When I was younger — younger than 22, that is — and played recreational basketball, at the end of every season, I got a trophy. That’s right — undefeated or winless — if I showed up for Tuesday night practices and for games on Sunday mornings, I walked away with hardware at the end of the season. And get this — I made the playoffs, too, because, well, every team did, records be damned.
I liked the idea of being rewarded regardless of my effort or my team’s result.
Show up. Run around. Thank Nathan’s mom for bringing the postgame snack (Gushers and Capri Sun!). Clinch a guaranteed spot in the postseason. Get a trophy.
Now, nearly the same height but a few years wiser, I get that’s not how things work and not how they should have back in my young hoops days.
Trophies are reserved for winners. The postseason is earned.
Showing up isn’t enough. Talking about winning isn’t enough. Perform at a high level, and you get rewarded with the opportunity — the privilege — to continue playing.
The Michigan men’s basketball team doesn’t deserve a postseason. Not after it had a spot in the NCAA Tournament wrapped up and sitting on its doorstep, but squandered opportunities to finish out the season.
But what about the National Invitational Tournament — the NCAA Tournament’s little brother that brings 32 teams who weren’t good enough to sit at the big kids’ table together for a second-rate postseason?
That seems like a likely landing spot for the Wolverines (10-8 Big Ten, 20-11 overall) after they dropped games to Wisconsin on the road and then to Iowa to close out their regular season.
Michigan coach John Beilein said on Sunday that his team would embrace any opportunity for postseason play. But the NIT feels like a massive second prize when a spot in the NCAA Tournament was its for the taking. A win against either the Badgers or the Hawkeyes would have given Michigan 11 conference wins, a number with which no Big Ten team has ever missed the NCAA Tournament.
But instead, last Sunday in Madison, the Wolverines squandered an opportunity to steal a rare game on the road. A one-point lead in the second half was erased by a 13-3 Wisconsin run.
Six days later, with a whole week to regroup, the Wolverines fell flat against Iowa, which was riding a four-game losing streak into Crisler. Instead, Michigan made the Hawkeyes look like their old selves, the ones who kicked off Big Ten play with seven straight wins, including upsets over then-No. 1 Michigan State and then-No. 14 Purdue.
After its own win against Purdue three weeks ago, Michigan looked poised for a spot in the tournament. In a gritty battle against a bigger Boilermakers team, the Wolverines fought for rebounds and outscored Purdue in the paint to clinch their ninth conference win.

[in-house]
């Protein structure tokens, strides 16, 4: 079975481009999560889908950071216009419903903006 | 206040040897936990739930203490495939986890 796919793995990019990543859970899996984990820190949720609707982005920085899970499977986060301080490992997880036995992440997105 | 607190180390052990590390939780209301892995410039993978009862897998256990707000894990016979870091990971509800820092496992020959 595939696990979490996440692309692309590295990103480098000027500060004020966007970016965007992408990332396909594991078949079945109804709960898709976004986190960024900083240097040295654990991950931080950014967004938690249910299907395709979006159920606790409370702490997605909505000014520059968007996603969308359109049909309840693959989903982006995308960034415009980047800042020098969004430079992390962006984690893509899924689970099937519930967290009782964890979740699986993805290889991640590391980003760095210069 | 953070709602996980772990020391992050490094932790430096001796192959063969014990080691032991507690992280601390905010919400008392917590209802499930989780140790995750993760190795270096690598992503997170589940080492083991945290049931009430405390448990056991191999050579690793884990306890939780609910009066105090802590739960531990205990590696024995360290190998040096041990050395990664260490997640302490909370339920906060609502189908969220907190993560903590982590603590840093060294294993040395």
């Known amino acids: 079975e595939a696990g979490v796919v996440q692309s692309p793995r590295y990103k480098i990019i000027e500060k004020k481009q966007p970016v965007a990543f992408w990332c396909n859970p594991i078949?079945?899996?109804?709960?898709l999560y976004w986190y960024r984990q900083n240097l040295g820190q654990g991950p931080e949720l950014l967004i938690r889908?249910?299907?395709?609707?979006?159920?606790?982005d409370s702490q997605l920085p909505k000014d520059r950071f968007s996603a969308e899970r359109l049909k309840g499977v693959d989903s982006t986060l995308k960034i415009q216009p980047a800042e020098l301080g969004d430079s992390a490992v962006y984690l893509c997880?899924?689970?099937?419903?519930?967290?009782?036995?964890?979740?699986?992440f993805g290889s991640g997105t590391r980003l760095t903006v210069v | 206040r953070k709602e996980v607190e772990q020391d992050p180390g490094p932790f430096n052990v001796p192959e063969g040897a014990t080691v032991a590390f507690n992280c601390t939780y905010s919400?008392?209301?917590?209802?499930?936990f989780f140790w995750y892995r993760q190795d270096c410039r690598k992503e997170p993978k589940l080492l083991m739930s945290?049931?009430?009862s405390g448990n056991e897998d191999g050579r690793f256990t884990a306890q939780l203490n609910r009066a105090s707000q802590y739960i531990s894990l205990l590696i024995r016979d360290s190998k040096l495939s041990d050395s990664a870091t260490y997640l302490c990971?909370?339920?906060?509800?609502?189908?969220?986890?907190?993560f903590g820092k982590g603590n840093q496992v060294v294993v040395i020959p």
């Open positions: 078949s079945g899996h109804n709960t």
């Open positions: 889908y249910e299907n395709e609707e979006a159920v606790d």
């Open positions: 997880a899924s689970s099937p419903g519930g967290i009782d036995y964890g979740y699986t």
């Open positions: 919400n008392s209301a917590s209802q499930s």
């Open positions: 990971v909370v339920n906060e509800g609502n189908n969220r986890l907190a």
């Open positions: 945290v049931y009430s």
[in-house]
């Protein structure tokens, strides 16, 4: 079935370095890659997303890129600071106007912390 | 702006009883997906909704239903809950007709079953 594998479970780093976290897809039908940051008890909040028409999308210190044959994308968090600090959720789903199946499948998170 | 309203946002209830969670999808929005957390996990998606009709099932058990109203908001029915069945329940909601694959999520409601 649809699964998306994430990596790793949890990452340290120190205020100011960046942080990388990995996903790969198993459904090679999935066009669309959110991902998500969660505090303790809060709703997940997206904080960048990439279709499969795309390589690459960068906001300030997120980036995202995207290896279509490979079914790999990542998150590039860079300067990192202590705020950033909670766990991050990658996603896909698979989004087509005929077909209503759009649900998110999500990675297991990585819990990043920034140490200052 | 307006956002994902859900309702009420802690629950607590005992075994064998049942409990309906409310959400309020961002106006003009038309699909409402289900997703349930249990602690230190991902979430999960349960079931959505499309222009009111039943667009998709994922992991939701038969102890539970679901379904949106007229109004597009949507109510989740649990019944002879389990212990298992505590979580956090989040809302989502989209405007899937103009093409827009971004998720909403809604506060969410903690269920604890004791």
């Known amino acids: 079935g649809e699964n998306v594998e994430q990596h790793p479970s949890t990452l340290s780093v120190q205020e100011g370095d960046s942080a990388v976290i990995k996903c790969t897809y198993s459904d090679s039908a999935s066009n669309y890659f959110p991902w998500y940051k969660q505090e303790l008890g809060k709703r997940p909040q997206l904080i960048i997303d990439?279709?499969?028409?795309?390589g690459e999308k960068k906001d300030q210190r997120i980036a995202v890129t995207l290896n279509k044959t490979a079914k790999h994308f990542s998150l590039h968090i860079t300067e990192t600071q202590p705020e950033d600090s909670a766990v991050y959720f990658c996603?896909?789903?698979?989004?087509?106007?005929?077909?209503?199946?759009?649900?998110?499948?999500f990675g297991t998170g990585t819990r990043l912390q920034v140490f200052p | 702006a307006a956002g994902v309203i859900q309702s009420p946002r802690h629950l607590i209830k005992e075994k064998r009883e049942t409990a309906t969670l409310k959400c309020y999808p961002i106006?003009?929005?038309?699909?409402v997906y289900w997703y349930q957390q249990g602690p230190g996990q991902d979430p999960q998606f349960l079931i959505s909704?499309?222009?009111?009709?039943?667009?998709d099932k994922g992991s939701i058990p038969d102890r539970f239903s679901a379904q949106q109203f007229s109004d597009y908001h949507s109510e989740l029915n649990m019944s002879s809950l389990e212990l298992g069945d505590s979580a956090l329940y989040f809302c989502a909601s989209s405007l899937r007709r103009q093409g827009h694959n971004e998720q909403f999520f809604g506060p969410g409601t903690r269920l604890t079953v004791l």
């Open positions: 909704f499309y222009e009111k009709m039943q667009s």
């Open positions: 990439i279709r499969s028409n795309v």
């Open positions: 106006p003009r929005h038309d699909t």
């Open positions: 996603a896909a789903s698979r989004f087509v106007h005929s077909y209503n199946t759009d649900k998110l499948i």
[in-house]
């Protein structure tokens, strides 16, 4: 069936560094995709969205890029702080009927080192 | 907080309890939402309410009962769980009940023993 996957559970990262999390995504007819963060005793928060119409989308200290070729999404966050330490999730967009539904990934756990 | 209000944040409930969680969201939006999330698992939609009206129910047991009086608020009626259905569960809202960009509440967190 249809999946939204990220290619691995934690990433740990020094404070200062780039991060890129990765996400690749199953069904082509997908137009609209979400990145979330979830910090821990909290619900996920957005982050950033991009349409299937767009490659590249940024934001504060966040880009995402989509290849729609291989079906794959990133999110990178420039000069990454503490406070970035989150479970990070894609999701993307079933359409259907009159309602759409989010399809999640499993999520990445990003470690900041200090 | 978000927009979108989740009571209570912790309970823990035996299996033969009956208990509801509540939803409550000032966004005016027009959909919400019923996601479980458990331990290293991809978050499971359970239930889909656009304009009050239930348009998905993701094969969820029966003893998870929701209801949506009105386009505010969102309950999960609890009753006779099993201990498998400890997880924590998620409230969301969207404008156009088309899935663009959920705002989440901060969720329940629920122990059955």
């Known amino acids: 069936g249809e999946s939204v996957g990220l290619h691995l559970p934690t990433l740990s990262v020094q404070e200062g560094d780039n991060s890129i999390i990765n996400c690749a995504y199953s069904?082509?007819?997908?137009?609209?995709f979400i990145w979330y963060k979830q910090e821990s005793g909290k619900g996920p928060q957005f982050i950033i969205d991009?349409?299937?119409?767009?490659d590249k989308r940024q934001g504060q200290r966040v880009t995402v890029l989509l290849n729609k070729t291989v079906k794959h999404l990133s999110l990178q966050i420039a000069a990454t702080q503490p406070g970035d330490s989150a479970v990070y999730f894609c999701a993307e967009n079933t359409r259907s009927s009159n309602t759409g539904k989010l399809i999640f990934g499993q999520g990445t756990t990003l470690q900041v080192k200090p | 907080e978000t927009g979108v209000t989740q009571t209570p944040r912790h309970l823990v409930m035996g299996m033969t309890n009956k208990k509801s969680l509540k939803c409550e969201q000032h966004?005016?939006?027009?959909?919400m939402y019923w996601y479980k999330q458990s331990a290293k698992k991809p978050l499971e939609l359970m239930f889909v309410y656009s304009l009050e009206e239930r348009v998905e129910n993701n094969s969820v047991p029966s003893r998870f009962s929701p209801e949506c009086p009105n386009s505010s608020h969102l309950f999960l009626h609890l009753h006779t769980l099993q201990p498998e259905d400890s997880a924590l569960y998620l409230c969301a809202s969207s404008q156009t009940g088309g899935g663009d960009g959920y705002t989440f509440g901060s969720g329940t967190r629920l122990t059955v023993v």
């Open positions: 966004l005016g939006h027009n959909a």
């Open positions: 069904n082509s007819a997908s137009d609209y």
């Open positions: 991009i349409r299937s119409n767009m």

The rest looked easy. Michigan had games against Ohio State, Maryland, Northwestern, Wisconsin and Iowa to close out the season. Win any two, and it would almost be guaranteed to hear its name on Selection Sunday. It would have earned it, by any measure.
But against Ohio State, Michigan looked as bad in person as it did on television from ESPN’s sideline angle. At Maryland, the Wolverines were unable to close out after clawing back in the second half.
Michigan edged Northwestern by single digits after letting it hang around late into the second, locking up win No. 10, but it couldn’t get No. 11 in its final two contests.
When Michigan pushed, opponents pushed back harder. When Michigan had margin-closing scoring streaks, opponents had game-ending runs. And when Michigan needed to buckle down late in games, it couldn’t. Its two seniors sat injured on the bench for all but two conference games, and no one else appeared to provide the needed mental toughness on the court.
Saturday’s matchup with Iowa was a perfect showcase. It was a must-win game, but Michigan played it like a sort-of-maybe, sure-would-be-nice-to-win game. Eleven turnovers — including one late in the second half by junior guard Zak Irvin when the Wolverines were threatening a comeback — were too much to overcome. Shooting just 24 percent from 3-point range didn’t help either.
When the final buzzer sounded Saturday night, Michigan looked far from a team deserving of a postseason.
Beilein has long said he doesn’t lobby the NCAA Tournament selection committee on behalf of his team. After losing to Iowa, though, he made the case that Michigan might still deserve a shot.
“We do have 10 wins in a very good league,” Beilein said. “We do have some wins over top-25 teams. We’ve played a lot of top-25 teams. And I’m sure (other teams) have similar arguments.
“I really trust the people in that (selection committee) room. They’re really talented at what they do. They don’t get too many of these things wrong.”
If Beilein’s right, and the selection committee doesn’t make mistakes, his team shouldn’t get a shot at the big kids’ tournament. It doesn’t deserve it.
Save for two wins in the Big Ten Tournament, the Wolverines don’t have business being there. To win three, they would need to beat a top-seeded Indiana in their second game — a team that pummeled Michigan at home earlier in the season.
History isn’t on the Wolverines’ side either. Michigan has won more than one game in the conference tournament only once under Beilein. The way this team has been playing, it doesn’t look like that will change this year.
What will happen instead is that Michigan will accept an offer to play in the NIT with the have-nots — a prize more befitting a team of the Wolverines’ stature, but still a prize, nonetheless. One Michigan doesn’t deserve.